• Images should be uploaded to your Web server and referenced in your HTML email using explicit links (e.g. –

  • Never rely on images, especially large ones, to communicate important information. A majority of email clients have images turned off by default. Unless the user takes some initiative, you may have just sent them a blank message. You should either repeat the message below the image using plain text or include a link at the top of the email to a webpage with a copy of the HTML email for those having trouble reading it in their email client.

  • Never rely on background images to make text readable. Make sure your text has enough contrast with or without images enabled. Outlook 2007, for example, will not display background images in table cells even if images are turned on. To get around this, apply a background color to the table and a background image to the cell(s). Most email clients will display the background image while Outlook 2007 will display the background color instead.

  • Provide a link for people who are having trouble viewing your message. This isn't absolutely necessary - but it's thoughtful to give your subscribers the option to view your message in their Web browser.

  • Use ALT tags on important images. With images disabled by default, descriptive ALT tags are your last, best chance to convince a user to enable images. Keep ALT tags concise, as some email clients may not display them properly.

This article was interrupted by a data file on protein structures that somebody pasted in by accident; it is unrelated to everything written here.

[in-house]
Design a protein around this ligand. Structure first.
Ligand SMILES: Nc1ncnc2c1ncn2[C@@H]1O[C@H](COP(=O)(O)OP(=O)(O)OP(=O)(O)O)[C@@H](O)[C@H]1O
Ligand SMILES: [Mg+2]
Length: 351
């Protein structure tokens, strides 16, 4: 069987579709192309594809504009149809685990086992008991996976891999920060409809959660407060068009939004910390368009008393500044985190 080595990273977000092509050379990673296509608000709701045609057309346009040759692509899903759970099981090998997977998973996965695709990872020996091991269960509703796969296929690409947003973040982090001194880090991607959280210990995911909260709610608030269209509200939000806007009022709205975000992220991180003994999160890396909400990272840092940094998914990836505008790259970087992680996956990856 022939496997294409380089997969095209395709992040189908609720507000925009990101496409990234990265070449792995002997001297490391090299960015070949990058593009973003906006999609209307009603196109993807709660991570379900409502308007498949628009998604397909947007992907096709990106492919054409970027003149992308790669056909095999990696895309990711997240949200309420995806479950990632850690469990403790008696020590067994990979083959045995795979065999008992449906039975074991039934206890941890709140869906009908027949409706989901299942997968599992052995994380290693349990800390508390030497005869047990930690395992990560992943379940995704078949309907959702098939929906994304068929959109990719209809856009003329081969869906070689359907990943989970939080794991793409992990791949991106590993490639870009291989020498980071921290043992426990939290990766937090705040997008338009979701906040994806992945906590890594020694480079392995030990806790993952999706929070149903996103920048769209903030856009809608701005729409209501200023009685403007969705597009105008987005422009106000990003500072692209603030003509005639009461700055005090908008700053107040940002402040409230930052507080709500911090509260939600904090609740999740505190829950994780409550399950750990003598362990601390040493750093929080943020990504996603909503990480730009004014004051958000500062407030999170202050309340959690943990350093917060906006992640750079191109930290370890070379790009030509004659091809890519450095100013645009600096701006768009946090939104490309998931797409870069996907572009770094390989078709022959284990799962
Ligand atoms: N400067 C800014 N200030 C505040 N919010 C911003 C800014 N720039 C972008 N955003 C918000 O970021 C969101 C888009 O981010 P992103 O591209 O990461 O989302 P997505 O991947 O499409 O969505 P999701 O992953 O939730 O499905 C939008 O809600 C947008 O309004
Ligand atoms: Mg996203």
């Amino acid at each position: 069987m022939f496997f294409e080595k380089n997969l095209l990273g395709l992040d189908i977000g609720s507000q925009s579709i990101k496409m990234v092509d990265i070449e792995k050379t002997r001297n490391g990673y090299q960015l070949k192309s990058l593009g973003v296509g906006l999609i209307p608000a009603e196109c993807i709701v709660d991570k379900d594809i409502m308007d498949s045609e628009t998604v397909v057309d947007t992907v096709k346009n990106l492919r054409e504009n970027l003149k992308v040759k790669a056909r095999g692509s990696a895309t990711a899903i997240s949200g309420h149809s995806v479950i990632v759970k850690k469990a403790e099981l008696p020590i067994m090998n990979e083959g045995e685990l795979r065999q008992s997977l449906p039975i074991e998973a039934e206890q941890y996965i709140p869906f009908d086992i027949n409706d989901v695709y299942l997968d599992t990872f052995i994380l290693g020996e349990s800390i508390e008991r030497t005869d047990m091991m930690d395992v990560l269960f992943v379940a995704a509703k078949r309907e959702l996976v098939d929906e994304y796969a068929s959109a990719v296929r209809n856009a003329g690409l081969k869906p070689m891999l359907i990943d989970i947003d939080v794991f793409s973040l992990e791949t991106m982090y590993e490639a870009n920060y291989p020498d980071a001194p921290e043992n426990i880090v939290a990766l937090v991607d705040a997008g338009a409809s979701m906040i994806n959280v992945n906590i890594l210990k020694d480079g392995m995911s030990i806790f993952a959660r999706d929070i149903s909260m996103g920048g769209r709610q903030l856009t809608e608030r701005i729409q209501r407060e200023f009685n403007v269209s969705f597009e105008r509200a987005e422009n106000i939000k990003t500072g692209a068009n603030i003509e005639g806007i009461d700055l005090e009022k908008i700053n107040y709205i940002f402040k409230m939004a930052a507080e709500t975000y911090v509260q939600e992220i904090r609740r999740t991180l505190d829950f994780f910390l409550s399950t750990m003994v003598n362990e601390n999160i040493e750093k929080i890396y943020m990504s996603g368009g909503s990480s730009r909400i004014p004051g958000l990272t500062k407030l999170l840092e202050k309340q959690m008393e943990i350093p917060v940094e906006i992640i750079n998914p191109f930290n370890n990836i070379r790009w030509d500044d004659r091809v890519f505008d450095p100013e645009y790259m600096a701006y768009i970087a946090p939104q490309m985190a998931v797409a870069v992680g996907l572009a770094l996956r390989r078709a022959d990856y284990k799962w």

• Adding ALT tags to elements that only serve for design purposes clutters the design and distracts readers from your message. Fill in the ALT tags that matter and leave the others blank.

Use Tables for Structure

  • Make sure to set all available table attributes where possible. This includes cellpadding, cellspacing, border, valign, width and height.

  • Nested tables are extremely useful. Make sure to use proper indentation for clean, easy-to-read code.

  • Use the background attribute on a table cell to set background images. This is the easiest way to get past backgrounds not displaying in Gmail.

  • Note: Your background images will behave as if they were tiled, so plan accordingly for image size.

  • Be aware that Outlook 2007 does not support background images applied to tables or divs. In fact, the only way to use a background image in Outlook 2007 is to apply it to the body of an email, but this image will not be supported by other email clients such as Gmail, Yahoo, or Windows Live Hotmail.

Use Inline Styles when Coding CSS

Some popular email clients ignore the code inside your head tags. Gmail and Hotmail are particular culprits that come to mind.

With your layout set up in table format, it's time to apply styles to your text and images. Here are some tips and tricks to ensure that your message looks nearly identical in every browser or client.

  • Use break tags as a replacement for vertical padding. To alter the amount of space they consume, try wrapping breaks
    in span tags and set a smaller/larger font size.

  • Use inline styles repeatedly and often. Applying a font tag to a parent table doesn't necessarily mean it will carry that attribute down to all of its children. Make sure to set inline styles on all of your HTML elements.

  • Apply detailed inline styles to links, especially for Gmail users - you must set specific styles to every link. Otherwise, they will inherit the default font-family, size and color set by each user's browser.

  • Wrap your images in span tags and set font attributes to style your ALT text accordingly. This allows you to style your ALT text, making it more readable when images are disabled.